Forestville students could be divided between Potomac and Suitland high schools, according to the master plan. Maxwell is seeking public comment and is expected to present his proposal to board members Thursday and make a final decision next month.

“There is nothing set in stone,” Johnson said. But “we feel that the cost of inaction is great.”

Shuttering Forestville would be the second blow to the community, after county education officials in 2013 ended an experiment that had turned the long-troubled secondary school into a military academy. Students from the neighborhood and across the county wore military-style uniforms and participated in drills and JROTC classes.

While many parents seemed to love the discipline the school instilled in their children, the changes did not necessarily translate into higher test scores or graduation rates.

The community introduced after-school mentoring and tutoring, Sims said. Neighborhood residents, school families and graduates took pride in Forestville’s award-winning drill teams, championship athletic teams and two Gates Millennium scholars.

But Prince George’s school officials decided to convert the academy back into a typical high school in 2013, giving students the choice between classic instruction and enrolling in specialty “career academy” programs in military sciences and homeland security.

Johnson, the schools spokeswoman, said neighborhood students overwhelmingly chose to participate in the traditional high school program.

“The structure changed. Enrollment went down. Our school spirit changed,” said Andy Michel, who graduated in 2013 and earned a full scholarship to Claflin University in Orangeburg, S.C. “I don’t think they ever gave Forestville a chance.”

At the meeting last week, other graduates told their stories to state Sen. Ulysses Currie and Dels. Darryl Barnes and Dereck E. Davis, all Prince George’s County Democrats. Warren Christopher, a candidate in the Democratic primary to succeed Rep. Donna F. Edwards (D-Md.), was there, too.

“This school changed my life,” said 2013 graduate Emane Boyd, adding that she had been getting into “a lot of trouble” before enrolling there.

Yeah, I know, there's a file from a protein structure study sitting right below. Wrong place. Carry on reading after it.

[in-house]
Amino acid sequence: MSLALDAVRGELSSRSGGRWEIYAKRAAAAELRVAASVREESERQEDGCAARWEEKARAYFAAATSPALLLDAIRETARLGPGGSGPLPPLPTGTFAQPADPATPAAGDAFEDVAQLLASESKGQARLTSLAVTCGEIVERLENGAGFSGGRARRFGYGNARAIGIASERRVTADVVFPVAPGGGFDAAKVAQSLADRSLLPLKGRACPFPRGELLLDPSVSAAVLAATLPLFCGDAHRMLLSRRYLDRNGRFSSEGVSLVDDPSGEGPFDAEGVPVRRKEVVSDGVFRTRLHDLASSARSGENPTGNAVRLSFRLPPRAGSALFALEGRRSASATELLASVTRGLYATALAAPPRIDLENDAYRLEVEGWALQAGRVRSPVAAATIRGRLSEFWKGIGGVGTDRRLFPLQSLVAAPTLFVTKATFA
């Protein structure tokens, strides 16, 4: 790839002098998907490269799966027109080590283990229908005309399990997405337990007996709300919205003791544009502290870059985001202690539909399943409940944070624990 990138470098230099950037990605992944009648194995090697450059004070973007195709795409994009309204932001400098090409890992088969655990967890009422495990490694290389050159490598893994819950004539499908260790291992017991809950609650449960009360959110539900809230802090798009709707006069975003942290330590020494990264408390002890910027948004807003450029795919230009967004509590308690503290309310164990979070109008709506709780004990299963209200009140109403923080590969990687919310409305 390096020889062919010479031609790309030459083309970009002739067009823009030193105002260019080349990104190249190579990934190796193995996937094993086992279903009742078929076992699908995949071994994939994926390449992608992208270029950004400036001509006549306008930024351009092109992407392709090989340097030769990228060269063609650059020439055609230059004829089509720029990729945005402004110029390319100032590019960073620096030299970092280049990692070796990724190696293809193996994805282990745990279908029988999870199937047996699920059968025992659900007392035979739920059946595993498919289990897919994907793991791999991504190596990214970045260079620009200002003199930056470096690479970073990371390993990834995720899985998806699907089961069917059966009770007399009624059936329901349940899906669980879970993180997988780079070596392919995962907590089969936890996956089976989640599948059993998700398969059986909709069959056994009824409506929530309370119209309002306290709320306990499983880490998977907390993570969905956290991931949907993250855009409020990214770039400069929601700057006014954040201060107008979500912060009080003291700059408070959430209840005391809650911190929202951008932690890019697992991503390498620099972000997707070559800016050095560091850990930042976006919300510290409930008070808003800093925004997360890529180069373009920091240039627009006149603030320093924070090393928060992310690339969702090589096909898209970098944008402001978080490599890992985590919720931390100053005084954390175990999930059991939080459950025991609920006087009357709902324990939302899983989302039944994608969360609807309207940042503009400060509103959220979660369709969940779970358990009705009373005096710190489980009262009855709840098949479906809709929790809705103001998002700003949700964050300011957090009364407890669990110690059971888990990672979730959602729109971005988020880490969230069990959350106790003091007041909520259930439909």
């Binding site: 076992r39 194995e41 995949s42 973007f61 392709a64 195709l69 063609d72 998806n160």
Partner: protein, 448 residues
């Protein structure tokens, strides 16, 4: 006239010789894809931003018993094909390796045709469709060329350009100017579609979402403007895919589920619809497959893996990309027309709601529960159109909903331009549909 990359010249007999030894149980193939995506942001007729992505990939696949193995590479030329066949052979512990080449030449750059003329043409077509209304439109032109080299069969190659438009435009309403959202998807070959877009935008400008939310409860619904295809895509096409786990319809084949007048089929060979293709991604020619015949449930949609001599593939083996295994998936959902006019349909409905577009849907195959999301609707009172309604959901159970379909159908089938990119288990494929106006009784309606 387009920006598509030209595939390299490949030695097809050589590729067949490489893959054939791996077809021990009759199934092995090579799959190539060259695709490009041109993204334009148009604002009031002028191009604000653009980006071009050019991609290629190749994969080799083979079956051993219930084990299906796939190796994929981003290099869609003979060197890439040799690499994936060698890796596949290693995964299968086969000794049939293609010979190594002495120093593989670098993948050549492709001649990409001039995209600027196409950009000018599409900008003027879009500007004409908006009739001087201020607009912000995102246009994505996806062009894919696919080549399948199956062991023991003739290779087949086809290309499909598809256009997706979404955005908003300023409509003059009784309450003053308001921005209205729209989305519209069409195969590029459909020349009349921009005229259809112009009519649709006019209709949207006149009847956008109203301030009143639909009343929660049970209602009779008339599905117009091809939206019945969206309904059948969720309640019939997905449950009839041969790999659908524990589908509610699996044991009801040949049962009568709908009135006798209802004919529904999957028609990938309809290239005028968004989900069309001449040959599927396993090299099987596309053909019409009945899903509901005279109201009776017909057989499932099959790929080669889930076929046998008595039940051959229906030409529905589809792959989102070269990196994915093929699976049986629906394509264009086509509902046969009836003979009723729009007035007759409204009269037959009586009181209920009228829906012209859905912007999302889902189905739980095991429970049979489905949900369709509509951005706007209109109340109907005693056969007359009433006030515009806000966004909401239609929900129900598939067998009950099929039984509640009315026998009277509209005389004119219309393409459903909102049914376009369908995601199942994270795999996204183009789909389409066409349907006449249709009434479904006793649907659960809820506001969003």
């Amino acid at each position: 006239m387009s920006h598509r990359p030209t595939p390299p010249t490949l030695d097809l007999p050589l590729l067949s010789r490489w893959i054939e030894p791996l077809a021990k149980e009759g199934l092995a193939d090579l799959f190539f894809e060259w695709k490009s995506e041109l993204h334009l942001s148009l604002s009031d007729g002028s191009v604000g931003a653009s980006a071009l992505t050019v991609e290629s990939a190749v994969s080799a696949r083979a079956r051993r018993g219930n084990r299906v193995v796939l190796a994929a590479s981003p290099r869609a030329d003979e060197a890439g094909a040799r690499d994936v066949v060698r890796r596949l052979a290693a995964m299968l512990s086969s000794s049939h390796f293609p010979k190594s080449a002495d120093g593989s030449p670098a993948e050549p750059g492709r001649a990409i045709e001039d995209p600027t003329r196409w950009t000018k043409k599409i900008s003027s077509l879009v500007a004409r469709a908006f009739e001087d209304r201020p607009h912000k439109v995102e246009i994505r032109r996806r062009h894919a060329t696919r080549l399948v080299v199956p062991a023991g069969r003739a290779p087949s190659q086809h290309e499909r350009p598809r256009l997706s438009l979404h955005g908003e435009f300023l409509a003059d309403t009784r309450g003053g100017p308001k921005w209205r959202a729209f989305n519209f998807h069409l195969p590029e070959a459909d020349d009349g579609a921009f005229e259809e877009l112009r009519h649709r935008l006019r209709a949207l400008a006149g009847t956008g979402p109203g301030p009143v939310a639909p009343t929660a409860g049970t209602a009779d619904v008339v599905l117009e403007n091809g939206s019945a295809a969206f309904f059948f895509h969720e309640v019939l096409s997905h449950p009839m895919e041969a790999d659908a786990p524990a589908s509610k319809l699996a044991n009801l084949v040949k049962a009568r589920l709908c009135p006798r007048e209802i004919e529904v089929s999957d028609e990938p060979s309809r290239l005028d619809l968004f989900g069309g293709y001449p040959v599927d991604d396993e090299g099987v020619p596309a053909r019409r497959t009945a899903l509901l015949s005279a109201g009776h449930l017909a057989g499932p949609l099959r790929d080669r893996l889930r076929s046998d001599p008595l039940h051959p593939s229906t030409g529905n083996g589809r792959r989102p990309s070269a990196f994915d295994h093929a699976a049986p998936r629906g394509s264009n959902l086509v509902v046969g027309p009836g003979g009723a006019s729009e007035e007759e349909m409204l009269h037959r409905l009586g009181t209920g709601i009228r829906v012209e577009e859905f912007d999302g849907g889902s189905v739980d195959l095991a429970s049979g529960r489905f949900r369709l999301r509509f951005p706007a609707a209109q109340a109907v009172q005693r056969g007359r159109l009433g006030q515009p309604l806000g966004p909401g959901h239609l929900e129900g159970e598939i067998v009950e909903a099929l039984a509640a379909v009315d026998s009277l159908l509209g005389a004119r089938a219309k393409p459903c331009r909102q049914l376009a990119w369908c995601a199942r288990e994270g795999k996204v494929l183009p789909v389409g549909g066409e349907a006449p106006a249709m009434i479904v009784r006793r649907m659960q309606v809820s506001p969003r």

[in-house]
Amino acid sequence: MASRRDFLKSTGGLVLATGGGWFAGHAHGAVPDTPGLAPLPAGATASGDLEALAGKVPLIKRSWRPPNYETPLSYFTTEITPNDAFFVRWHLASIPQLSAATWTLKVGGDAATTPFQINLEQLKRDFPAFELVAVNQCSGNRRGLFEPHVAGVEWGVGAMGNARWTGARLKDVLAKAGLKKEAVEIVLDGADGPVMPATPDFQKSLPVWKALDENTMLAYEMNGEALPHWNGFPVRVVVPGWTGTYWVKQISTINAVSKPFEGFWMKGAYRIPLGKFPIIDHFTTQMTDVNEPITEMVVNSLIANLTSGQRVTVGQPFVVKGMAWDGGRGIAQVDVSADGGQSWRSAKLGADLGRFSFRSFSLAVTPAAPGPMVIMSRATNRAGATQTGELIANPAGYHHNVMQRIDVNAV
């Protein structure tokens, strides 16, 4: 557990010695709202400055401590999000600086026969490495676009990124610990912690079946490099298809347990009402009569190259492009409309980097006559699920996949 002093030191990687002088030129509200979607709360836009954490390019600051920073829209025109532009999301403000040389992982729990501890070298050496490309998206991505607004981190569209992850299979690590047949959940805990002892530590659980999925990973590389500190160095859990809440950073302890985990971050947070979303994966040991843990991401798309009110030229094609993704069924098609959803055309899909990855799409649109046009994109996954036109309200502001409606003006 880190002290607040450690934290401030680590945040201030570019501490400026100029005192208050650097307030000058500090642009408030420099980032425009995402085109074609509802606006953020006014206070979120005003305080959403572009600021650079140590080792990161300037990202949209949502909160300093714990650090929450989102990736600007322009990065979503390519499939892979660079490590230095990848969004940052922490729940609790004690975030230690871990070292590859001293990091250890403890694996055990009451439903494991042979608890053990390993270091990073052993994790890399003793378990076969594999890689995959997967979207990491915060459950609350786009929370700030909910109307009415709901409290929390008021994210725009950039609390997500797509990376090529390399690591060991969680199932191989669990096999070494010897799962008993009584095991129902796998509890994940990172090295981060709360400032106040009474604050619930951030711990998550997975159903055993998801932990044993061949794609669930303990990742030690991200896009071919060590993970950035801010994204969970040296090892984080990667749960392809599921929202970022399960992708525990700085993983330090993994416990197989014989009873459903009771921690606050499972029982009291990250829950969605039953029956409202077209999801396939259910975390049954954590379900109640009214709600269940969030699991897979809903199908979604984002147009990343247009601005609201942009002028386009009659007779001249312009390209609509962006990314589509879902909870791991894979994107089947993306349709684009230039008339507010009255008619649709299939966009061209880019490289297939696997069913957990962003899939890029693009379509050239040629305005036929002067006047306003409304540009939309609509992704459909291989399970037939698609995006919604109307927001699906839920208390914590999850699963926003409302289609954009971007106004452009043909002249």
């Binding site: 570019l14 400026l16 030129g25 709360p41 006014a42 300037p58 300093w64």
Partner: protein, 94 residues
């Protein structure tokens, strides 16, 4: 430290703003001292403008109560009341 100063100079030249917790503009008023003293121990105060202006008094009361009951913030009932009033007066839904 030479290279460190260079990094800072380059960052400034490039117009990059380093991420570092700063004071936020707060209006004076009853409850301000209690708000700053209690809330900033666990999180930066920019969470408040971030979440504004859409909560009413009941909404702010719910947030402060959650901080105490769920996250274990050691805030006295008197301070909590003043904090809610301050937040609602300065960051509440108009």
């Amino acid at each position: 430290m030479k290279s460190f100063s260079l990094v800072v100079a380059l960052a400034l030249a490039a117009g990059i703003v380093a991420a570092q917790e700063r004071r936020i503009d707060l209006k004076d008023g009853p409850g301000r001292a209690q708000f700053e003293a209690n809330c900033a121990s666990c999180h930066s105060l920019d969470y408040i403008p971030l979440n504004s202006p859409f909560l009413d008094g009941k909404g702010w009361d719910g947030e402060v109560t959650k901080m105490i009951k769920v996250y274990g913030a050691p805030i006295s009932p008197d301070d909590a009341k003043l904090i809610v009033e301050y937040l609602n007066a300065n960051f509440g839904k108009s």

Kendric Hilliard, 23, said the academy protected him and his classmates. “I only lost one friend in my 23 years,” said Hilliard, who is now a sergeant in the Army. “I have no RIP shirts in my closet — thanks to Forestville.”

Sims, who is acting president of the parent-teacher association, said Forestville has seen more behavior problems since the military academy has closed. In early 2015, a teacher was assaulted by a student.

About 1,200 people have signed her petition calling for Forestville to once again become a full military academy. Sims said she would personally take responsibility for recruiting and increasing enrollment if that happened.

“If we are given the opportunity, I stake my life . . . that I will bring them in,” Sims said. “When you come to our house, you will find the finest of the finest.”

Davis, who is running for Congress, said he plans to communicate the community’s concerns to Maxwell. “Schools are part of the fabric of any community,” he said. “There’s no school you can close that won’t cause some kind of angst.”

via Washington Post




Prince George’s County Activist Killed in Car Crash

imageMr. Greg Hall

Businessman and Prince George’s County community activist Gregory Hall died Monday after a car crash in Capitol Heights, Maryland.

Hall, 45, was driving on the 8700 block of Walker Mill Road about 2:50 a.m. when an SUV smashed into his car, Prince George’s County police said according to the information received via Washington Post.

According to a preliminary investigation, a driver in an SUV headed eastbound veered into oncoming traffic, striking Hall’s westbound car heads on. The SUV then sideswiped a third vehicle, police said.

Hall was pronounced dead at the scene of the crash.

The driver of the SUV remained at the scene. Investigators are looking into whether alcohol or the driver’s speed was a factor.

The Democratic Central Committee nominated Hall for the Maryland 24th District delegate seat in 2012, but that selection came under question because of drug and gun charges Hall faced decades ago after he was accused of being a drug dealer.

“Hall believed in second chances and wanted everyone to have the same opportunity to get ahead in life,” State Sen. Victor Ramirez (D-Prince George’s) told The Washington Post. “Greg was special and he was going to advocate for what he believed in … In his own way, he pushed all of us to be better.”

Before Mr. Hall passed on, he spoke strongly about the cartels which denied him a second chance within the state court system to be a state delegate after former Governor Martin O’Malley appeared to have influenced the court while Mr. O’Malley appeared to have been engaged in public corruption himself. It is a shame for this to happen now. He seemed to have gotten his life together and was a guiding light to young men in the community.

Reform Sasscer movement secretariat is shocked and saddened by his passing. Mr. Hall was a husband and father and married to a Prince George’s County Public Schools – (PGCPS) Principal. He has young children in the school system. Therefore, He was also a PGCPS parent. Condolences to the family and friends. This is truly a Horrible tragedy.

Anyone with information on the crash is asked to call police at 301-731-4422.